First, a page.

The year-2019 is already upon us: time for new-year wishes and hopes! After all, being a taxpayer calls for wishing and hoping.
One often has to make a case for a reduction in, or exemption from some government levy or other, despite knowing that it would result in reduced public revenue collections.
But one hopes that the reduction will have a wider positive economic impact and some benefits in the long term. So, one sincerely hopes that the government will heed one’s wish and hope...
For example, a case can be made for an increase in fuel taxation for two reasons. Fuel consumptions is inelastic –meaning that consumers will absorb any extra costs for lack of alternative options.
A huge chunk of the Tanzanian economy is informal. Therefore, the fuel tax burden is perforce shared with informal sector players. But the downside is that fuel levy increases may trigger inflation. So: how does one balance fuel levy benefits with the inherent inflationary risks?
Indeed, there are some win-win solutions that can help both the government and taxpayers this new year. Let’s call them wishes – three of which I share with my readers herein below.
1. Leveraging technology to enhance compliance and reporting
There’s lots of room to leverage technology in tax administration in Tanzania. With the exception of VAT returns, all other returns – corporate income tax, PAYE, Skills Development Levy and withholding tax – are filed manually.
Manual filing increases the cost burden for taxpayers, the risk of physical loss of documents – and is prone to human error, by omission or commission.
Online filings of such returns would lower compliance costs, and improve ease of paying taxes as a whole. It would also be in line with the digital agenda that the government has implemented in payment systems and other areas.
Another advantage would be the ease with which TRA would conduct audits, as information would now be available online. Simply put: migrating from manual to online filing of tax returns is the lowest hanging fruit I can presently think of.
2. Some relief for employees
Salaried employees are the easiest people to tax, and have limited legal channels to lower their tax burden.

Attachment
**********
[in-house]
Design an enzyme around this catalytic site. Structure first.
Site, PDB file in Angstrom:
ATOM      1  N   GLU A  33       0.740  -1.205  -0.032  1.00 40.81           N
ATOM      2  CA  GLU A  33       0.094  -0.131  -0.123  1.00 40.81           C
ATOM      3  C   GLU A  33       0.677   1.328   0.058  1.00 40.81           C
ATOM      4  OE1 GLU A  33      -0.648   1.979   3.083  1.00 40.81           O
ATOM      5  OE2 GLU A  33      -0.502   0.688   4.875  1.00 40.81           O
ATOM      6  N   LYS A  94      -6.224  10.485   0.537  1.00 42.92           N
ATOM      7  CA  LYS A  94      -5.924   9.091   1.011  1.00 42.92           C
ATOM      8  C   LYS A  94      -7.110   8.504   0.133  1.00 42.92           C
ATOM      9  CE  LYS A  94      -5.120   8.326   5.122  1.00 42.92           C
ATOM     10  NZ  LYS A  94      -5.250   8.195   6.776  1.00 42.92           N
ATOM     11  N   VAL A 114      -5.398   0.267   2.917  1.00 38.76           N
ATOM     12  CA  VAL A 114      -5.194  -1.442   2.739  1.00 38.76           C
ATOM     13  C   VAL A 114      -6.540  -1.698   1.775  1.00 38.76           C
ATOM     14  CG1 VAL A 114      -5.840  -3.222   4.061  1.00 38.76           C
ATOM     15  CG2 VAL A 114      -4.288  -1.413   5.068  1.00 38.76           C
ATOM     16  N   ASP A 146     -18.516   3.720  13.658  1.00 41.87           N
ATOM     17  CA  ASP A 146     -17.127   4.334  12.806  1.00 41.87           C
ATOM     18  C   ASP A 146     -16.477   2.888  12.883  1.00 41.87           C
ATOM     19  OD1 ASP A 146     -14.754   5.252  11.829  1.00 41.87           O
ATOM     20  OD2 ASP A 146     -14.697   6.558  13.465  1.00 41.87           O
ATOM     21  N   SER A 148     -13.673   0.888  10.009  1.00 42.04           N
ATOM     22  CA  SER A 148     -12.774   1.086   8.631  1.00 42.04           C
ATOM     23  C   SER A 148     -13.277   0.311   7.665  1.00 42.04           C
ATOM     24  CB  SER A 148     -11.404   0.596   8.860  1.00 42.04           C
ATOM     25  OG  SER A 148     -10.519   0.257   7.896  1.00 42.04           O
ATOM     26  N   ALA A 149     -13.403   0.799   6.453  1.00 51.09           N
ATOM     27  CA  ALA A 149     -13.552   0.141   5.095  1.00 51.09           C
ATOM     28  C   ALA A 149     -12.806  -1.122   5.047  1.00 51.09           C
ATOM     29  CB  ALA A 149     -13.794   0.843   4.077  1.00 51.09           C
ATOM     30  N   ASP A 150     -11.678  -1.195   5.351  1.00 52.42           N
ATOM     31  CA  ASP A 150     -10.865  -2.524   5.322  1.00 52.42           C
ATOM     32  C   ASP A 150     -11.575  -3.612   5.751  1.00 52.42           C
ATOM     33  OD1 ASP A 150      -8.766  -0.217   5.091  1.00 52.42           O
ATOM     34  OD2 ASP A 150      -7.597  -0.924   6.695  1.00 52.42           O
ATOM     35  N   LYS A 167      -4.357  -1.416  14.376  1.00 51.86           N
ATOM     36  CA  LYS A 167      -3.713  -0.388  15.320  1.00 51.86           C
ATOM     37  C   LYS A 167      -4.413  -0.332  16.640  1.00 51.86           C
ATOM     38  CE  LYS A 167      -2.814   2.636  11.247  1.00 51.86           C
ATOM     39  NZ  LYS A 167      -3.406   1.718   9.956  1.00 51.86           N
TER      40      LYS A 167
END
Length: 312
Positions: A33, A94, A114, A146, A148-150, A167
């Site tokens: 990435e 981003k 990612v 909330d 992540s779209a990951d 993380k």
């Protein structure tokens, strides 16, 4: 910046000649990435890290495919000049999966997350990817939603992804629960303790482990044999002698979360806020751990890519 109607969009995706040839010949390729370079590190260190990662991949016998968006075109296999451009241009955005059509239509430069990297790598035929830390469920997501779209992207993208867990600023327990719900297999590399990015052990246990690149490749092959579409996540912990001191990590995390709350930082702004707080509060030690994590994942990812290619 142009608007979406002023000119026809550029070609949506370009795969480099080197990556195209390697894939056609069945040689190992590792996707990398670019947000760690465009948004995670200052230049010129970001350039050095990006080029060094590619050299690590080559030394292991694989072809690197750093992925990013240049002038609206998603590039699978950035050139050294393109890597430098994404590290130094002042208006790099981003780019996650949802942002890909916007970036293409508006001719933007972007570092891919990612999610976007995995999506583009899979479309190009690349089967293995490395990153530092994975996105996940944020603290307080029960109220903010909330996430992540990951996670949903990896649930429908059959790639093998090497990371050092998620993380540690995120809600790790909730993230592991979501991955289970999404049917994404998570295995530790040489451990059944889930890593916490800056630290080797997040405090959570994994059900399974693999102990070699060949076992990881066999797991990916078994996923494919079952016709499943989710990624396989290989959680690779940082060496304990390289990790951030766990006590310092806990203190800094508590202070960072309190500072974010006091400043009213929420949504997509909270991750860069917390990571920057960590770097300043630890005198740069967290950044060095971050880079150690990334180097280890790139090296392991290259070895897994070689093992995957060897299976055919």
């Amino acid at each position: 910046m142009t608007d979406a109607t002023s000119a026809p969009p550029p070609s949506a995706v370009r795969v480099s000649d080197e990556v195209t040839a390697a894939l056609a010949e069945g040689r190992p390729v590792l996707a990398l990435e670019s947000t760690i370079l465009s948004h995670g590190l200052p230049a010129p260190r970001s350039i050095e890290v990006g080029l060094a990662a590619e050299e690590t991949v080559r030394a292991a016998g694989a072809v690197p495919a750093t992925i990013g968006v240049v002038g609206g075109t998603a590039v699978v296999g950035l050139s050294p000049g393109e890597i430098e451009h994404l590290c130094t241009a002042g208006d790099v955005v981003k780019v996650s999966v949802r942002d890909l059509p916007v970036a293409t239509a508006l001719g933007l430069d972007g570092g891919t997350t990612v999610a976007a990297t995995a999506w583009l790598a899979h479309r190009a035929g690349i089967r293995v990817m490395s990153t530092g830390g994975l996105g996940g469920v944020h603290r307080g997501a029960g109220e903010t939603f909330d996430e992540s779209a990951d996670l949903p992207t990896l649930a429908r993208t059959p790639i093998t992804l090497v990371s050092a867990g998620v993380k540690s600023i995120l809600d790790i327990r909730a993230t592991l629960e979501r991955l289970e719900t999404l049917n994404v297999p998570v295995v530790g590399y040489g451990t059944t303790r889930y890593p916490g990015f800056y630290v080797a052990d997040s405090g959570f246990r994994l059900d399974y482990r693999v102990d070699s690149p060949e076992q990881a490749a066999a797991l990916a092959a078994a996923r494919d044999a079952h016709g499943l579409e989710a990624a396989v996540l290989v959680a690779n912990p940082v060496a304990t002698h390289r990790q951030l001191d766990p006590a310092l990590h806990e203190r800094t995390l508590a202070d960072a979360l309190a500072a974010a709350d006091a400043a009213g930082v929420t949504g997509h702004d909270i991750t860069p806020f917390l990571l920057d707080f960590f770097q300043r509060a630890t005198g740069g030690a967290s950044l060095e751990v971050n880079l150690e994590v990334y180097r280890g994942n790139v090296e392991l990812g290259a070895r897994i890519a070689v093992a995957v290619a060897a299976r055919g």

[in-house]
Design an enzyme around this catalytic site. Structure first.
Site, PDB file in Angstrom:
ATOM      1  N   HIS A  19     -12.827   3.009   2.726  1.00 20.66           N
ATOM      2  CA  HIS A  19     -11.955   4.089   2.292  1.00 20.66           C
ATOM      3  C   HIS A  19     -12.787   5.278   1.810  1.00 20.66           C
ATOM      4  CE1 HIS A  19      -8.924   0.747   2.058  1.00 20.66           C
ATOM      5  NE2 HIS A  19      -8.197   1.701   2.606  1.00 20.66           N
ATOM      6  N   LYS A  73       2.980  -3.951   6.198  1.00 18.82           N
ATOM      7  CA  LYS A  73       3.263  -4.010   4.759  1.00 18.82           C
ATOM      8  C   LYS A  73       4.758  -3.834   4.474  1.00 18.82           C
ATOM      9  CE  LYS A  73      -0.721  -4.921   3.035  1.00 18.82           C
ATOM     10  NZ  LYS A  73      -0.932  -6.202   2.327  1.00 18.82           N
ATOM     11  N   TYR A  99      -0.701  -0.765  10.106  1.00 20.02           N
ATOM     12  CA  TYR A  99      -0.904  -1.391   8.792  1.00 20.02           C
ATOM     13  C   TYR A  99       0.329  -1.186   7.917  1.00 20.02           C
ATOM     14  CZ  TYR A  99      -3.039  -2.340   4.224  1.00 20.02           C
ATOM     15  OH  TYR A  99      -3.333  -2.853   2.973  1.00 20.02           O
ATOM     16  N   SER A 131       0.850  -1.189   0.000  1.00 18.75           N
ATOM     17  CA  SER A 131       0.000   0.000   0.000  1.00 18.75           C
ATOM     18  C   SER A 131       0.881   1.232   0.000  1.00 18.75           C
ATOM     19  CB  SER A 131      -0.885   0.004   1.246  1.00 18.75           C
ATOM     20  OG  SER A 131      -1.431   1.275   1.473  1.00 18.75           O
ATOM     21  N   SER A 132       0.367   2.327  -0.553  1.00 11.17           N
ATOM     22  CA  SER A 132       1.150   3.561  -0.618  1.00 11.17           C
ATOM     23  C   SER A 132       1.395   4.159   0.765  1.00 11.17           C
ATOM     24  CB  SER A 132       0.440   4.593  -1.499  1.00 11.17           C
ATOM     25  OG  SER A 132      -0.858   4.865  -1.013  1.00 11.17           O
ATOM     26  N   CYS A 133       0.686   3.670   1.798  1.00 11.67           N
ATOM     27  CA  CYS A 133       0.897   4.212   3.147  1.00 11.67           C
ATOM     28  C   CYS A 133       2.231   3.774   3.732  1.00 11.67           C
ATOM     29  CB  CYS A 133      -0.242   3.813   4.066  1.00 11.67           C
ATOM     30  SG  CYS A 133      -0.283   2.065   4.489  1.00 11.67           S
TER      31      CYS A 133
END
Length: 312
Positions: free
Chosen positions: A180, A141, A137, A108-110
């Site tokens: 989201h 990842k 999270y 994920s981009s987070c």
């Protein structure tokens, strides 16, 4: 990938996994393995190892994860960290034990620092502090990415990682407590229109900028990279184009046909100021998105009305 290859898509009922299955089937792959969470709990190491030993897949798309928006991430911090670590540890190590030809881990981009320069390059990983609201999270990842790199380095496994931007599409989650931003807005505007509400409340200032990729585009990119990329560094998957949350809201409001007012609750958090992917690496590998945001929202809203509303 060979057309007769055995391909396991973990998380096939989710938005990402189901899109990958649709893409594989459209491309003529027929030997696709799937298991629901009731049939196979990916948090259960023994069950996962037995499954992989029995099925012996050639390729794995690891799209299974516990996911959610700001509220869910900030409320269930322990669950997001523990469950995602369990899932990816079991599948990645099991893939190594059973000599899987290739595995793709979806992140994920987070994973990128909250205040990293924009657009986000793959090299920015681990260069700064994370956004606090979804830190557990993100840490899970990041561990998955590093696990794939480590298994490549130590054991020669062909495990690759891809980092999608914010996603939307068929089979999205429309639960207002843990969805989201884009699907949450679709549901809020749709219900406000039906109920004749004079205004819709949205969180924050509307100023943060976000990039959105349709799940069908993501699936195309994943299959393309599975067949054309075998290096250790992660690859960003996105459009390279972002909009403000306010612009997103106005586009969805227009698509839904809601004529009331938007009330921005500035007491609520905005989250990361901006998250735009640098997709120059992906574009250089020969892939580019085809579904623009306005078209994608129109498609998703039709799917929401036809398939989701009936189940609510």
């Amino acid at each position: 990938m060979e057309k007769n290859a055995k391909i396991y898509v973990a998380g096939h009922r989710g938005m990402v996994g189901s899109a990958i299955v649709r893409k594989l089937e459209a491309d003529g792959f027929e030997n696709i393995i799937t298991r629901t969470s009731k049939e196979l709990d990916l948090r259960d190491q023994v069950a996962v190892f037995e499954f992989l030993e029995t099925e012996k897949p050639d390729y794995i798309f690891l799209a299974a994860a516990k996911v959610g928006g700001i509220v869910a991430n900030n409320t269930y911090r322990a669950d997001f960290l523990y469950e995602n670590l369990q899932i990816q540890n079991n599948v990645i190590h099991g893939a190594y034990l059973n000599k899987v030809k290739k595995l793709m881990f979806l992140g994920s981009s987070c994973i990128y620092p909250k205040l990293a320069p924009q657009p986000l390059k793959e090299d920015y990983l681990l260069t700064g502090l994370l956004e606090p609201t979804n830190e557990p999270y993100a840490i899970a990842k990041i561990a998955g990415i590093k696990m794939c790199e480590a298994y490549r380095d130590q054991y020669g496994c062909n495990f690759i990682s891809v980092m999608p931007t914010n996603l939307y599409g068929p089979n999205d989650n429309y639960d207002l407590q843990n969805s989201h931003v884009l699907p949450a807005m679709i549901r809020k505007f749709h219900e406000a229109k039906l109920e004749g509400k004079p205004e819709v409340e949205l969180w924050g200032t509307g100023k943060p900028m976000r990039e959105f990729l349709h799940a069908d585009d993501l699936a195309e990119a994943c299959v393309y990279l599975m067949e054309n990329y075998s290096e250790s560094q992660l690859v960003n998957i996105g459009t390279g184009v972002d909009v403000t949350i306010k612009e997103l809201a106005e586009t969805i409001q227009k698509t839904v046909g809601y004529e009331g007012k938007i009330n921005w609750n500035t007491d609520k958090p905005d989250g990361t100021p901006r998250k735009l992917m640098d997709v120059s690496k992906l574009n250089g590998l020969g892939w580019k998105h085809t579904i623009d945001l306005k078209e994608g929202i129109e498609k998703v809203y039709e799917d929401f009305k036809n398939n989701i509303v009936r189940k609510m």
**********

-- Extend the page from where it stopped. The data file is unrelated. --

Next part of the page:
But, since 2008, tax bands have largely been the same – with the exception of the lowest band whose rate went down from 11 to 9 per cent.
When we talk of the Tanzanian middle class, we refer to small business owners and employees. The typical employed Tanzanian is often very enterprising. They usually go on to start small businesses, employing one or two youths. So, some breathing room for them would have a catalytic impact on the economy.
One’d expect a revision of the top tax band that is subject to a 30 per cent rate from, say, the current Sh720,000 to around Sh1,400,000.
The other bands should also be adjusted accordingly. Not only would employees love this; it’s also the reasonable thing to do to ensure inflationary changes are factored into the personal tax rates – thus avoiding worsening taxpayers’ purchasing power.
3. Early disputes resolution and some traction on VAT refunds
Year-2018 will be remembered for the Government’s amnesty programme. That noble initiative will, hopefully, lighten the long-standing tax disputes burden.
VAT refunds are an industrialisation issue. According to the Confederation of Tanzania Industries (CTI), it takes 2-to-3 years for businesses to get their refunds.
For historical reasons related to verification of the refund claims, the government, rightly, wants to ensure that the claims are legitimate. But, the longer the verification drags on, the longer do those with legitimate claims suffer.
One would hope that a mechanism which allows taxpayers with legitimate claims to offset other tax liabilities with their refund claims is implemented.
Alternatively, a reasonable time limit should be set within which refund claims must be paid – and attract interest at market rates if and when unduly delayed.
Samwel Ndandala is a Senior Manager with Deloitte Consulting. He can be reached at email@example.com. The views expressed herein are those of the author and do not necessarily represent the views of Deloitte.